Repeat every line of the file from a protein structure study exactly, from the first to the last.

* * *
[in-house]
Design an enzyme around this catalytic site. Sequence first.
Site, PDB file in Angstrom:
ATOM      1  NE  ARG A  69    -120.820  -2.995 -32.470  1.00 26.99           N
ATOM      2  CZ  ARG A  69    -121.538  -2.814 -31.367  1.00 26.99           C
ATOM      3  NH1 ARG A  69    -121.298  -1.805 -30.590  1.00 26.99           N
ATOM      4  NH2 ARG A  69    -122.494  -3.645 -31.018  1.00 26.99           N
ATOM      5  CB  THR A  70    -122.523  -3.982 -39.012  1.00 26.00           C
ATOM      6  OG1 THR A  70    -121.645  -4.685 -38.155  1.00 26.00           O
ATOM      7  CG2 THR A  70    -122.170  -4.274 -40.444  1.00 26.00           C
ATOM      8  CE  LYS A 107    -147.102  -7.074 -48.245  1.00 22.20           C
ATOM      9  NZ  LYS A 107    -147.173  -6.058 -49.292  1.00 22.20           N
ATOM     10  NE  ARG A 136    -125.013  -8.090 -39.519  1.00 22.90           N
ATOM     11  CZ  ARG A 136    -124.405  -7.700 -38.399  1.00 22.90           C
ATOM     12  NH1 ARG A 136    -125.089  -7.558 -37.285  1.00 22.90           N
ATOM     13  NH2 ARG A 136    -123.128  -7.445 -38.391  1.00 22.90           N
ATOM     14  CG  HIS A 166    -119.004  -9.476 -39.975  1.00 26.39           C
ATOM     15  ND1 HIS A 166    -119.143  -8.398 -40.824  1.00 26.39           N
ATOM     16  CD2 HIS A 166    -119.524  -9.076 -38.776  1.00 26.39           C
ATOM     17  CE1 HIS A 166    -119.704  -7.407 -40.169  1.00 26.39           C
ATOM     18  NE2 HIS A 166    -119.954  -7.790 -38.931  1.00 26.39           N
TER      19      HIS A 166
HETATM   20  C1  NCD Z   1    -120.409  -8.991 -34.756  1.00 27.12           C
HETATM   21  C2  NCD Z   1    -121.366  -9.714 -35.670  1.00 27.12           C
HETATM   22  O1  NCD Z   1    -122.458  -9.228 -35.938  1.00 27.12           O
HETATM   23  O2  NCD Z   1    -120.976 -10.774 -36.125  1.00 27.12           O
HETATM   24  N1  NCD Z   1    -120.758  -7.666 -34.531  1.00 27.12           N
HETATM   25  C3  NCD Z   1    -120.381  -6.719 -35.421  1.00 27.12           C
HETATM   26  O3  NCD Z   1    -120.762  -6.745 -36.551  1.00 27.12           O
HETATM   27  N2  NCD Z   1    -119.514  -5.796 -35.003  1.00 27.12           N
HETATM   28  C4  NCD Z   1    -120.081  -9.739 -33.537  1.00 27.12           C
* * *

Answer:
[in-house]
Design an enzyme around this catalytic site. Sequence first.
Site, PDB file in Angstrom:
ATOM      1  NE  ARG A  69    -120.820  -2.995 -32.470  1.00 26.99           N
ATOM      2  CZ  ARG A  69    -121.538  -2.814 -31.367  1.00 26.99           C
ATOM      3  NH1 ARG A  69    -121.298  -1.805 -30.590  1.00 26.99           N
ATOM      4  NH2 ARG A  69    -122.494  -3.645 -31.018  1.00 26.99           N
ATOM      5  CB  THR A  70    -122.523  -3.982 -39.012  1.00 26.00           C
ATOM      6  OG1 THR A  70    -121.645  -4.685 -38.155  1.00 26.00           O
ATOM      7  CG2 THR A  70    -122.170  -4.274 -40.444  1.00 26.00           C
ATOM      8  CE  LYS A 107    -147.102  -7.074 -48.245  1.00 22.20           C
ATOM      9  NZ  LYS A 107    -147.173  -6.058 -49.292  1.00 22.20           N
ATOM     10  NE  ARG A 136    -125.013  -8.090 -39.519  1.00 22.90           N
ATOM     11  CZ  ARG A 136    -124.405  -7.700 -38.399  1.00 22.90           C
ATOM     12  NH1 ARG A 136    -125.089  -7.558 -37.285  1.00 22.90           N
ATOM     13  NH2 ARG A 136    -123.128  -7.445 -38.391  1.00 22.90           N
ATOM     14  CG  HIS A 166    -119.004  -9.476 -39.975  1.00 26.39           C
ATOM     15  ND1 HIS A 166    -119.143  -8.398 -40.824  1.00 26.39           N
ATOM     16  CD2 HIS A 166    -119.524  -9.076 -38.776  1.00 26.39           C
ATOM     17  CE1 HIS A 166    -119.704  -7.407 -40.169  1.00 26.39           C
ATOM     18  NE2 HIS A 166    -119.954  -7.790 -38.931  1.00 26.39           N
TER      19      HIS A 166
HETATM   20  C1  NCD Z   1    -120.409  -8.991 -34.756  1.00 27.12           C
HETATM   21  C2  NCD Z   1    -121.366  -9.714 -35.670  1.00 27.12           C
HETATM   22  O1  NCD Z   1    -122.458  -9.228 -35.938  1.00 27.12           O
HETATM   23  O2  NCD Z   1    -120.976 -10.774 -36.125  1.00 27.12           O
HETATM   24  N1  NCD Z   1    -120.758  -7.666 -34.531  1.00 27.12           N
HETATM   25  C3  NCD Z   1    -120.381  -6.719 -35.421  1.00 27.12           C
HETATM   26  O3  NCD Z   1    -120.762  -6.745 -36.551  1.00 27.12           O
HETATM   27  N2  NCD Z   1    -119.514  -5.796 -35.003  1.00 27.12           N
HETATM   28  C4  NCD Z   1    -120.081  -9.739 -33.537  1.00 27.12           C